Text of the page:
We Must Go Back in Time to Prevent the Awful Season Finale of 'Doctor Who'


We, the undersigned, write to express our outrage with the outcome of the “Doctor Who” season composed of episodes 214 to 223.

There were those who held out hope that show-runner Steven Moffat had a nifty and satisfying plan to resolve the season’s primary opening gambit, which was the killing of the Doctor himself. There was wide-spread appreciation at first for opening a season so audaciously. And along the way, Moffat did himself a service with a strong secondary through-line (though it was somewhat abbreviated and telegraphed, as one can fairly expect in a 13-episode season), by setting to rest the mystery of River Song. Too many mysteries makes a show go blind.

Hopes, as they often will be as a season rounds its two-thirds mark, were high! All the crueler then. In the end, this overall winning premise was settled solely by means of someone writing “INSERT SPACE-TIME GIBBERISH HERE” in the final pages of the book.

The resolution, the jam-packed season finale, was beyond nonsensical. To worm out of its responsibilities, the show made use of the most hackneyed — and then also mismanaged! — techniques imaginable.

The struggle of narrative fiction to entertain and engage viewers isn’t that terribly complicated. Television, mostly, is about heroes. The most-common device of this particular sort of narrative is to engage a hero who must discover the answer to a mystery; the audience is on his or her side as we all seek to solve a problem. (This is a standard practice in “Doctor Who.”) When this cannot be straightforwardly achieved, the trick is often then that the narrative, the program itself, by means of the hero, withholds from the viewer — the poor misguided viewer, who then must operate from a false set of principles to be kept in a state of suspense or concern. This is something Moffat performed successfully in his recent “Sherlock Holmes” for the BBC — because, in that case, the viewer identifies with John Watson, not Holmes, and when sneaky, kooky Holmes lies or obscures or manipulates, as he is already expected to, the viewer is betrayed along with Holmes, who registers that betrayal. In this manner of revelation, the viewer’s sense of being cheated must be outweighed by a thrill, or a relief, or a giddiness — or they must at least have their mind blown.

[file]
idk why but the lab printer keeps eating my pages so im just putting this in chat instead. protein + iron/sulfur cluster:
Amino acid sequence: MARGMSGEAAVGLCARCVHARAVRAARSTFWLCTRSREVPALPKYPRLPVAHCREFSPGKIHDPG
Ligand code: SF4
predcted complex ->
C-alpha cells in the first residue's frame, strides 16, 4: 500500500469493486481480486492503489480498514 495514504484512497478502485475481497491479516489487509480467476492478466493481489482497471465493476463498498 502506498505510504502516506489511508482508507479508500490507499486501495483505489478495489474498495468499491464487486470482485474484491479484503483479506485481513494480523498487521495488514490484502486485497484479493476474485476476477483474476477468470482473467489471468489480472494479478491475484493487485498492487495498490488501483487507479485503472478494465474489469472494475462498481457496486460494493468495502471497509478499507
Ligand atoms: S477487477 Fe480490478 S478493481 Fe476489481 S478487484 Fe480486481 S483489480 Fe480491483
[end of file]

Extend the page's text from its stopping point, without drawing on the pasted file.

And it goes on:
Otherwise, the narrative unfolding is nothing but a cheap trick, upon which, looking backwards, the entire relation of the action is not only manipulative but revealed as meaningless. Lengthy misdirection is literally a waste of time. The season itself begins to collapse in retrospect — for the events of episode one as we know it transpire “after” the events of the final episodes, and, as is the case with time, what is done is already done. At the risk of sounding very much like Comic Book Guy of “The Simpsons,” we believe that the end of “Doctor Who,” with its “death of time” (by what specific mechanism? It is implied that time is held hostage by conflicting timelines, which any reasonable viewer of the show should realize that the plot of nearly every episode would cause such an event — not least of which, say, the end of last season where the entire universe died and was “rebooted”?) and its substituted switcheroo victim (if TIME actually STOPS to punish The Doctor for not dying (which, ahem), is it really not the case that an automaton wouldn’t be recognized as an impostor?) and its hoo-ha about people touching and time-lines joining and reverting and such (which seems a silly elaboration of the conventional and convenient trope of the troubles of meeting oneself in time travel). And, of course, everyone moping about and pulling a long face so as to deceive these watching powers-that-be, right along with the audience. (And then! The added insult to injury: the old “camera behind a window” trick, while the main characters have a revelation before the viewer.) But there’s more! The worst of it all is that then the menace that created this crisis, The Silence — which is repeatedly referred to as a “religious order” and not a race, although they’re all identical is quite specific and lurid physical affect — is then held over for another season.

No wait, there’s more “worst.” For the whole season is resolved in a way to instill an advanced narcissism disorder in The Doctor. Now he is cast as literally the most important creature in the universe, and the “oldest question in time” is apparently about the nature or identity of The Doctor, and some aspect of his history (perhaps his blameless or not blameless role in the sort-of extinction of his own “race” and the apparently perpetually occurring murder of millions). Just what we needed: more self-regard, more tortured moping from the saddest soul in the universe. God, get off the cross already!

The cruelness to the watcher is one thing, to be expected from a writer’s room that needs to weasel its way through a high-stakes season finale. And the stepping-up of the God complex of the hero is an unfortunate by-product that can and will safely be ignored, likely, in the long view.

But then there’s the ultimate insult: the actual “science fiction” of the enterprise. Of the rules that make a world go round, there are clearly absolutely none. Every season finale ends with a fresh universe, that no one remembers. When anything can happen, and be undone and then done again, nothing matters. This show is now, in a phrase, entirely bound by the non-rules of TIMEY-WIMEY BULLSHIT.

This is a dark moment for the BBC in Cardiff. We hereby demand that Steven Moffat be locked in a lightless, soundless box until the end of the universe. Which could come at any time apparently so maybe he won’t suffer long!

Very truly yours,

Your Viewers